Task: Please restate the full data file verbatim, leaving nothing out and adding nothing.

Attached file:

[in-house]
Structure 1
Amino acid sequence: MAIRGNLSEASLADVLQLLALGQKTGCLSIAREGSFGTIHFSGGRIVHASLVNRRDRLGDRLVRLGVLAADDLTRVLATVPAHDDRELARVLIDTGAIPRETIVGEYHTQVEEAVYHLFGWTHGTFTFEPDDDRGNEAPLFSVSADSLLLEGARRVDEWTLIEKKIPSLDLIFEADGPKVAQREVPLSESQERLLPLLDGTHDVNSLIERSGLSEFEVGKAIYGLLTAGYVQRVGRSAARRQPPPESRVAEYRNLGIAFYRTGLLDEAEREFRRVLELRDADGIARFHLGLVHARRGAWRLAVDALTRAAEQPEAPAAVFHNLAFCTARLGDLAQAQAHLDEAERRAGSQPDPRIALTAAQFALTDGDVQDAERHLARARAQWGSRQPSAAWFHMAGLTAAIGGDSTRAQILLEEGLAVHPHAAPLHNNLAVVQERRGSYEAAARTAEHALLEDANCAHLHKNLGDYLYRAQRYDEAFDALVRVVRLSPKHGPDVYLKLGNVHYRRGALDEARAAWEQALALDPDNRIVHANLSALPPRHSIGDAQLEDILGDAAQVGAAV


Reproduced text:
[in-house]
Structure 1
Amino acid sequence: MAIRGNLSEASLADVLQLLALGQKTGCLSIAREGSFGTIHFSGGRIVHASLVNRRDRLGDRLVRLGVLAADDLTRVLATVPAHDDRELARVLIDTGAIPRETIVGEYHTQVEEAVYHLFGWTHGTFTFEPDDDRGNEAPLFSVSADSLLLEGARRVDEWTLIEKKIPSLDLIFEADGPKVAQREVPLSESQERLLPLLDGTHDVNSLIERSGLSEFEVGKAIYGLLTAGYVQRVGRSAARRQPPPESRVAEYRNLGIAFYRTGLLDEAEREFRRVLELRDADGIARFHLGLVHARRGAWRLAVDALTRAAEQPEAPAAVFHNLAFCTARLGDLAQAQAHLDEAERRAGSQPDPRIALTAAQFALTDGDVQDAERHLARARAQWGSRQPSAAWFHMAGLTAAIGGDSTRAQILLEEGLAVHPHAAPLHNNLAVVQERRGSYEAAARTAEHALLEDANCAHLHKNLGDYLYRAQRYDEAFDALVRVVRLSPKHGPDVYLKLGNVHYRRGALDEARAAWEQALALDPDNRIVHANLSALPPRHSIGDAQLEDILGDAAQVGAAV